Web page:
Aluminium alloys can be funny. My brother told few years back about some rivets used in aeroplanes. Can't remember exactly how it went but there was a very exact heat treatmen cycle and if I remember right there was a little time, something like few hours rivets kept froxen, really cold, something like -60C just before use and riveted in very conrolled manner and then they age hardened in two hours or so to full hardness.

Pekka
Title: Re: Aluminum Copper Alloy Experiment
Post by: Meldonmech on November 08, 2017, 07:33:50 AM
 
   I have found this to be a very interesting topic, with practical experience combined with technical facts.
 I tried to produce a copper/aluminium alloy some years ago using copper wire to the melt. The percentage copper was quite small, and the difference in machined surface finish was similar. The intention was to produce duralumin but I never got round to doing any strength or wear tests.
 On my next melt, the aluminium is from the same source and I will use copper wire. From what I can remember only a small percentage of copper is required, to substantially increase the strength. I also have some small brass pipe  fittings and use some of these in a melt to compare  the results.

                                                                                                      Cheers David
Title: Re: Aluminum Copper Alloy Experiment
Post by: NormanV on November 10, 2017, 02:23:30 PM
My last post on this subject. (famous last words!)
I had cast an ingot 100x40x250mm from the 50:50 aluminium:copper mix. I took it in my workshop and dropped it half metre onto a concrete floor. It snapped in two!
I don't think that this alloy has any practical use.
I will save it to use to add small amounts of copper to future melts.
This alloying business is quite complicated!
Title: Re: Aluminum Copper Alloy Experiment
Post by: WeldingRod on February 11, 2018, 02:20:33 PM
If you really want a hard alloy try Beryllium with Copper. Its used to cover expensive golf clubs and can be used for armour piercing bullets!
Please don't play with Beryllium; it's toxic.  The machining award from it is too.  We use Beryllium Copper for downhill tools, and it requires special handling in the machine shop.

Sent from my SAMSUNG-SM-G891A using Tapatalk

Title: Re: Aluminum Copper Alloy Experiment
Post by: WeldingRod on February 11, 2018, 02:24:49 PM
I have just cast another alloy, 90% copper 10% aluminium. I tried a file on it and it just skidded with barely a mark. It is certainly hard, will I be able to machine it? I'll find out tomorrow.
What I found interesting is the colour, with all that copper I expected it to be bronze coloured but it is silver with just a blush to it.
The copper that I used was old plumbing pipes with a few brass glands on it, so the actual composition if a bit vague.
One problem that I encountered was the low heat output of my propane torch. When I melt aluminium it normally takes approx. one hour to melt my 3kg ingots. I had thought that this was due to the size of the ingot, I have read of people having molten aluminium in 15-20 minutes.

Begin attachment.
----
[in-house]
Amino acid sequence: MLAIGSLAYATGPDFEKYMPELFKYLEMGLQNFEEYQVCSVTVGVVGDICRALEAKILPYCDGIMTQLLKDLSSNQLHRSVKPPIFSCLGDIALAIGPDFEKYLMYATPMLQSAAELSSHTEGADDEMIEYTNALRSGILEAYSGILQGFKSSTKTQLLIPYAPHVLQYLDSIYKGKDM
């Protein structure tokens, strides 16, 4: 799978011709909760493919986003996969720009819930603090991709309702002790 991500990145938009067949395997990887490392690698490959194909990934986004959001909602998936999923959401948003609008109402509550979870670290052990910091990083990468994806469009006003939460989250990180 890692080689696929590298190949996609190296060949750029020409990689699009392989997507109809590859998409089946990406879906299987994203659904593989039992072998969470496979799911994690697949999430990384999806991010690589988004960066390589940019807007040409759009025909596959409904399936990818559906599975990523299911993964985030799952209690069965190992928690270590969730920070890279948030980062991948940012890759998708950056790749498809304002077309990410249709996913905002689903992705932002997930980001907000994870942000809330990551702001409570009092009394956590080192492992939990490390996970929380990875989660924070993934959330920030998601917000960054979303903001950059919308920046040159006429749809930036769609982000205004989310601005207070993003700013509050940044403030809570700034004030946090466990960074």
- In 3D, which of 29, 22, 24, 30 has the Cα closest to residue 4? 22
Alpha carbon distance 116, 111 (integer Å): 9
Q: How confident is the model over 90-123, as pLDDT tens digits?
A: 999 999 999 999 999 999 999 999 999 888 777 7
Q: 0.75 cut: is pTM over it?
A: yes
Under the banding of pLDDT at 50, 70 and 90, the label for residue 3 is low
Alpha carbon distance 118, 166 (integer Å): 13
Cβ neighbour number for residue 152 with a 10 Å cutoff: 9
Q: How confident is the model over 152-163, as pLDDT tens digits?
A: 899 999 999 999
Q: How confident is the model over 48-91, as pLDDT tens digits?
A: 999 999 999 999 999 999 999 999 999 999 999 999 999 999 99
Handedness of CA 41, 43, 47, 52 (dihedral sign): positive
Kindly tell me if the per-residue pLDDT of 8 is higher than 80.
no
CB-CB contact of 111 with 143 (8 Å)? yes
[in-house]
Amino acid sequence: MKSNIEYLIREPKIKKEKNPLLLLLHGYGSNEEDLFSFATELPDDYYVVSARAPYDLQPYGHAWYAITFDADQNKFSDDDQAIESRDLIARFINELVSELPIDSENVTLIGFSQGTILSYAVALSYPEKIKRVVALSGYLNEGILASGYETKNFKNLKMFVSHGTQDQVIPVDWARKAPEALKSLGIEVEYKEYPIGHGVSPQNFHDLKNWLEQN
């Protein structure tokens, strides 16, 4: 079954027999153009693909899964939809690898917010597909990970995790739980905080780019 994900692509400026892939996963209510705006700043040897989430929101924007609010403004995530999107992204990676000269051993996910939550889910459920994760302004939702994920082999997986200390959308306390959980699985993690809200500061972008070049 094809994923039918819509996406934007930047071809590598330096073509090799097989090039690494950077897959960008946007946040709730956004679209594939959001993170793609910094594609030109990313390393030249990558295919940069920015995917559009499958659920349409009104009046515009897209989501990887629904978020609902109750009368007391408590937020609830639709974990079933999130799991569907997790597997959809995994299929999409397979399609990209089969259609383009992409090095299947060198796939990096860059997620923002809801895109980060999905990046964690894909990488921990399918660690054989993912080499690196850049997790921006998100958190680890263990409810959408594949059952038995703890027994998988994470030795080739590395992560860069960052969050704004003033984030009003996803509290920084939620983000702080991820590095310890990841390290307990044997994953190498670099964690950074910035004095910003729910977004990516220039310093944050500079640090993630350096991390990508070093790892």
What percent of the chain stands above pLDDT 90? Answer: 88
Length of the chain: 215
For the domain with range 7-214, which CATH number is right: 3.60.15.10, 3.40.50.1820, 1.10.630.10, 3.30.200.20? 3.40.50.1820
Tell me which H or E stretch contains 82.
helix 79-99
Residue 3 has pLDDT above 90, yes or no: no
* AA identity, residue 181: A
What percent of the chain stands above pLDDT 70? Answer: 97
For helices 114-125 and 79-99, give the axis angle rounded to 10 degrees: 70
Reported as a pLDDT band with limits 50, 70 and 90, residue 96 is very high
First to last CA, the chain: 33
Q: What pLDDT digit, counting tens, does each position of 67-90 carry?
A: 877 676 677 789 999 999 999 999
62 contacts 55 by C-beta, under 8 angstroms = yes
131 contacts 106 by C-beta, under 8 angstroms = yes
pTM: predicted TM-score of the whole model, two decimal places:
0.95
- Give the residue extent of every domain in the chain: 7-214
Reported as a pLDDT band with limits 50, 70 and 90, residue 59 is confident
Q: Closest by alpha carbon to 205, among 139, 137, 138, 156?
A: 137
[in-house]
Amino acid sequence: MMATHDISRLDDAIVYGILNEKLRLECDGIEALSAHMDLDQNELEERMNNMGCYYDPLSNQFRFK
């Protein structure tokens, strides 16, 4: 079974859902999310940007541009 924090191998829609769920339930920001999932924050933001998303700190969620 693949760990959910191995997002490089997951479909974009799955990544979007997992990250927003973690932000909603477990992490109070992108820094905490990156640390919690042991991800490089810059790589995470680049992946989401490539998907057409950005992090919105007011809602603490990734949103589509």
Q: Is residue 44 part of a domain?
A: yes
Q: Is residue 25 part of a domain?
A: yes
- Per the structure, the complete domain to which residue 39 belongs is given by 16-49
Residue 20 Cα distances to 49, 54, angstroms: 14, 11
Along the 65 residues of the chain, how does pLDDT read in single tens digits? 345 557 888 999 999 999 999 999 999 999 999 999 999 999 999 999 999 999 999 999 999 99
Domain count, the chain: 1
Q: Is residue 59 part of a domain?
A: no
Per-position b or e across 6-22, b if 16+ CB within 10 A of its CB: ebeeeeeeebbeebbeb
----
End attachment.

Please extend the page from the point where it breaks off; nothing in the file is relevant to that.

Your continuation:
Today I melted the aluminium first and then added the copper, from start to finish was over 4 hours! After two hours I almost gave up but by that time I had invested so much gas into the project I thought that I would see it through. I don't think that I will be trying to melt any iron with this torch.
My experience was that my random aluminum bronze was brass colored, quite hard, and super brittle.  I shattered some parts just getting them out of the sand.

Sent from my SAMSUNG-SM-G891A using Tapatalk

Title: Re: Aluminum Copper Alloy Experiment
Post by: RotarySMP on February 12, 2018, 09:32:23 AM
The rivets referred to above are -DD rivets. The need to be heat solution heat treated, and come of of the heat treatment in the unstable "W" state, where they are soft, but will naturally age harden. You keep them in a chilly bin with liquid nitrogen to retard that process, long enough to insert and rivet a whole batch in a shift. They are very nice to rivet with, as they are nice and soft. They are normally only used by the manufacturers. For repairs, -AD rivets are used, which have a stable heat treat, and are a fair bit harder to drive.

With resect to aluminium bronze, this patent https://www.google.com/patents/US3378413 has an interesting line:
 With the conventional copper-aluminum-iron alloy, lower annealing temperatures in the' range of 800 to 1050 F. cannot be used because the martensitic structure transforms to eutectoid which results in a more brittle alloy having reduced strength and loss of ductility.

The present invention is based on the discovery that by adding nickel, or nickel and manganese, to an aluminum bronze alloy containing from 10 to 12% aluminum, the tendency of the martensitic structure to transform to the eutectoid is substantially suppressed. The suppression or elimination of the tendency to form the eutectoid enables the alloy to be stress relieved and permits secondary alpha precipitation at a temperature in the range of 800 to 1050 F. to thereby produce an alloy having high tensile strength and high yield strength with good ductility. The aluminum bronze alloy treated in accordance with the invention compares favorably with the more expensive cast and heat treated beryllium copper alloys.


So basically Cupper/Aluminium/Iron alloy, is probably pretty useless, as you confirmed.
Mark
Title: Re: Aluminum Copper Alloy Experiment
Post by: vtsteam on February 14, 2018, 11:39:07 PM
Photos restored after Photobucket broke the links.

Interesting re-reading this thread. Just wanted to point out that I began it by trying to compound a specific silicon and copper bearing aluminum alloy, rather than an aluminum bronze -- which is a copper alloy with some aluminum in it . Quite a different purpose and metal alloy.

The aluminum alloy I chose to try to make was EN AC-45000. Which is 6% silicon and only 4% copper. I think that was a success and it certainly machined fine. I will have to check it again now for hardness after aging a further 3 years. I did make a part for the lathe project  with it -- a base extension.

(http://www.vtsteam.com/Lathe/BedEndPiece.jpg)

(http://www.vtsteam.com/Lathe/BedEndPiece2.jpg)